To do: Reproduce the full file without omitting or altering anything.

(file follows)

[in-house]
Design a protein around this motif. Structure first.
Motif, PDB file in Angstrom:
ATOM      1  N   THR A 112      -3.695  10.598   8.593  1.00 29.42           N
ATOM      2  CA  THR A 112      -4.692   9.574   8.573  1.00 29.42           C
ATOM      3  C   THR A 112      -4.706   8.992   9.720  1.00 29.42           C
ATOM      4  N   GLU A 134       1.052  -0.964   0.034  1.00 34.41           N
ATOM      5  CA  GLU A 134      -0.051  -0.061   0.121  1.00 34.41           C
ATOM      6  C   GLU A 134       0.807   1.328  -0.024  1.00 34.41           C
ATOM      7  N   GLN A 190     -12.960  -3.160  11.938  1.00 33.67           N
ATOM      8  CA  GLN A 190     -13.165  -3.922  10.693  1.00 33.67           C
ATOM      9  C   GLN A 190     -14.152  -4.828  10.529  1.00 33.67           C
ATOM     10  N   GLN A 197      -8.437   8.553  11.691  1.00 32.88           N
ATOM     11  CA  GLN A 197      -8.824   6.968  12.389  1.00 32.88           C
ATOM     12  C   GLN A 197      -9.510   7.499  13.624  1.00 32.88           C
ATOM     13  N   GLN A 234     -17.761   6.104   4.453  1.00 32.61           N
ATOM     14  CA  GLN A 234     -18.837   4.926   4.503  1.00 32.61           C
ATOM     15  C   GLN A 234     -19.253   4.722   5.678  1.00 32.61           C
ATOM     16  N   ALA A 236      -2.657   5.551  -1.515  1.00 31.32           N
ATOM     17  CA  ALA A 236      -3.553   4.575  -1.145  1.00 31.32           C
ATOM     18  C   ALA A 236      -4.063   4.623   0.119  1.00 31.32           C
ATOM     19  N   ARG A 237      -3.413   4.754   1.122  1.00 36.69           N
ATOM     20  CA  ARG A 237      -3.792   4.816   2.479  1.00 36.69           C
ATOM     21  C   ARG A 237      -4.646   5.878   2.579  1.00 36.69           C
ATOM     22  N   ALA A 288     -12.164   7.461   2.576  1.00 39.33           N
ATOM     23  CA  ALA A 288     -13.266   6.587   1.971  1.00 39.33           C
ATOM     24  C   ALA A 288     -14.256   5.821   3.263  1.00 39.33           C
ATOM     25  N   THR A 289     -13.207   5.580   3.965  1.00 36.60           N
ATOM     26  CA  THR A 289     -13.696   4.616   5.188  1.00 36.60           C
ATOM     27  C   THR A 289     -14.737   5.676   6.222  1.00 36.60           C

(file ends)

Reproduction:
[in-house]
Design a protein around this motif. Structure first.
Motif, PDB file in Angstrom:
ATOM      1  N   THR A 112      -3.695  10.598   8.593  1.00 29.42           N
ATOM      2  CA  THR A 112      -4.692   9.574   8.573  1.00 29.42           C
ATOM      3  C   THR A 112      -4.706   8.992   9.720  1.00 29.42           C
ATOM      4  N   GLU A 134       1.052  -0.964   0.034  1.00 34.41           N
ATOM      5  CA  GLU A 134      -0.051  -0.061   0.121  1.00 34.41           C
ATOM      6  C   GLU A 134       0.807   1.328  -0.024  1.00 34.41           C
ATOM      7  N   GLN A 190     -12.960  -3.160  11.938  1.00 33.67           N
ATOM      8  CA  GLN A 190     -13.165  -3.922  10.693  1.00 33.67           C
ATOM      9  C   GLN A 190     -14.152  -4.828  10.529  1.00 33.67           C
ATOM     10  N   GLN A 197      -8.437   8.553  11.691  1.00 32.88           N
ATOM     11  CA  GLN A 197      -8.824   6.968  12.389  1.00 32.88           C
ATOM     12  C   GLN A 197      -9.510   7.499  13.624  1.00 32.88           C
ATOM     13  N   GLN A 234     -17.761   6.104   4.453  1.00 32.61           N
ATOM     14  CA  GLN A 234     -18.837   4.926   4.503  1.00 32.61           C
ATOM     15  C   GLN A 234     -19.253   4.722   5.678  1.00 32.61           C
ATOM     16  N   ALA A 236      -2.657   5.551  -1.515  1.00 31.32           N
ATOM     17  CA  ALA A 236      -3.553   4.575  -1.145  1.00 31.32           C
ATOM     18  C   ALA A 236      -4.063   4.623   0.119  1.00 31.32           C
ATOM     19  N   ARG A 237      -3.413   4.754   1.122  1.00 36.69           N
ATOM     20  CA  ARG A 237      -3.792   4.816   2.479  1.00 36.69           C
ATOM     21  C   ARG A 237      -4.646   5.878   2.579  1.00 36.69           C
ATOM     22  N   ALA A 288     -12.164   7.461   2.576  1.00 39.33           N
ATOM     23  CA  ALA A 288     -13.266   6.587   1.971  1.00 39.33           C
ATOM     24  C   ALA A 288     -14.256   5.821   3.263  1.00 39.33           C
ATOM     25  N   THR A 289     -13.207   5.580   3.965  1.00 36.60           N
ATOM     26  CA  THR A 289     -13.696   4.616   5.188  1.00 36.60           C
ATOM     27  C   THR A 289     -14.737   5.676   6.222  1.00 36.60           C